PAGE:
Ameer Abdullah, RB, Detroit Lions (vs. Minnesota) – Abdullah has been held to under 15 touches in five of his last six games, while Theo Riddick tied a season-high in carries with nine. Neither is worthy of a start this week against a Minnesota defense ranking best in the league against running backs in fantasy points per game over expectation.
Adrian Peterson, RB, Arizona Cardinals (vs. Jacksonville) – Peterson has been held to under 5.0 fantasy points in three of his last four games, despite high volume. Don’t get tricked into thinking this is even an average matchup for Peterson by looking at season-long metrics. Jacksonville’s run defense has made a complete turnaround since trading for Marcell Dareus.
Marqise Lee, WR, Jacksonville Jaguars (@ Arizona) – Over the past five weeks, Lee ranks ninth among wide receivers in expected fantasy points per game (16.5). While the volume has been good, efficiency has suffered, running 60.1 percent of his routes against top-30-graded cornerbacks over this span (second-most). Unfortunately for him, his cornerback schedule is about to get even more difficult. Arizona’s Patrick Peterson, who leads all cornerbacks in yards allowed and fantasy points allowed per route in coverage over the past three seasons, is likely to shadow Lee this week, bumping him down to a WR4.
Jordy Nelson, WR, Green Bay Packers (@ Pittsburgh) – Since Aaron Rodgers’ Week 6 injury, Nelson went from averaging 19.5 fantasy points per game to 6.2 fantasy points per game, as well as dropping in targets per game from 7.0 to 5.8. As sad as this is to say, Nelson should not be started this week, or in any week until Rodgers returns to the field.
Larry Fitzgerald, WR, Arizona Cardinals (vs. Jacksonville) – Both of Jacksonville’s outside cornerbacks grade out among our top-seven cornerbacks overall this season. Now you may think this means they’d be more susceptible underneath in the slot (where Fitzgerald runs 65 percent of his routes), but that hasn’t been the case at all. Jacksonville is allowing the fewest fantasy points per game (5.7) and the fewest fantasy points per target (1.17) to opposing slot wide receivers. While Fitzgerald is still a mid-to-low range WR2 based on volume and skill-level, and you’re probably still starting him, it’s worth tempering your expectations at least.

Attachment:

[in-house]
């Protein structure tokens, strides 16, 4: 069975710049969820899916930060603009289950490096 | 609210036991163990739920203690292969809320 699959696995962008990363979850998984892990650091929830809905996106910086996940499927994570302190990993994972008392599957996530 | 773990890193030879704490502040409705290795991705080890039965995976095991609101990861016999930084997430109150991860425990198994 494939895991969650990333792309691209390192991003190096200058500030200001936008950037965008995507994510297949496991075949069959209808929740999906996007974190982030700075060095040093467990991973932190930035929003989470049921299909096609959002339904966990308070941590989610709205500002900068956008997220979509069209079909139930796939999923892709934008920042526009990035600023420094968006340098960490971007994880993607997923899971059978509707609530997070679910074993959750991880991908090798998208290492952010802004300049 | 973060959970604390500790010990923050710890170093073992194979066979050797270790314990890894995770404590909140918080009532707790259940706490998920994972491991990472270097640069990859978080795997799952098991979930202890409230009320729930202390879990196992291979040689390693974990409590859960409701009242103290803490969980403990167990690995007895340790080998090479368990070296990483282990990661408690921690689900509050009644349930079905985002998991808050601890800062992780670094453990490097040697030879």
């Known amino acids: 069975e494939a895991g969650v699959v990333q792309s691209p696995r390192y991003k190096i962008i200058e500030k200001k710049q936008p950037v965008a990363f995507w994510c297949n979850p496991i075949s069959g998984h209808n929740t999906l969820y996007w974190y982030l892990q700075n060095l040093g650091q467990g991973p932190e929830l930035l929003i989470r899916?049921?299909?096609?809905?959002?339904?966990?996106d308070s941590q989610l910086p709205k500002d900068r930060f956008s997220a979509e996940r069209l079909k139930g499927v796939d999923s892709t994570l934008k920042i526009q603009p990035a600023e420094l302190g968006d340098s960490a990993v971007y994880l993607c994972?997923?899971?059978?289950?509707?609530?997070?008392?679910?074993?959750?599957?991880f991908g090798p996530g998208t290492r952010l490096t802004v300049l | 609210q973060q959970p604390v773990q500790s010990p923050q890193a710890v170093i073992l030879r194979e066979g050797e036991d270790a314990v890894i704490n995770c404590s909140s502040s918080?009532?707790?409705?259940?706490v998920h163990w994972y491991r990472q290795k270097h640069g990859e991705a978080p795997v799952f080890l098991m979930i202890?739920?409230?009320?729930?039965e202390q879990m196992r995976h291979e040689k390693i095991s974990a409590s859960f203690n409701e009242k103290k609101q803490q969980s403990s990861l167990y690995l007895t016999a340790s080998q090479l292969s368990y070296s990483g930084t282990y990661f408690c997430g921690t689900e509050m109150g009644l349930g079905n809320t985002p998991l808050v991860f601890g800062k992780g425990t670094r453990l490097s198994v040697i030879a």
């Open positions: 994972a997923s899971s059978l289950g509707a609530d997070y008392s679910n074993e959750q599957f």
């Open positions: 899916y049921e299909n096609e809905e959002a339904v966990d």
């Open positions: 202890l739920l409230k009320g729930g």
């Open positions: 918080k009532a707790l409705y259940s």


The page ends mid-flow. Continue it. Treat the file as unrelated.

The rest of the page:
Cameron Brate, TE, Tampa Bay Buccaneers (@ Atlanta) – Brate has been held under 15 yards and under two receptions in each of his past three games. Not coincidentally, this has come with Ryan Fitzpatrick under center, who has targeted tight ends at the lowest rate in the league over the past five seasons. I have Brate as a low-end TE2 this week.
Jason Witten, TE, Dallas Cowboys (vs. LA Chargers) – Witten draws the single worst possible matchup for any tight end, against a Los Angeles Chargers defense allowing the fewest fantasy points per over expectation. If Travis Kelce could only muster up one yard against the Chargers, I have a hard time imagining Witten finishes as a TE1.
Notes: If the player you were hoping to find in this column wasn’t mentioned, check to see if I wrote about them in the Actual Opportunity Report. If they weren’t mentioned there either, you can always refer to our rankings.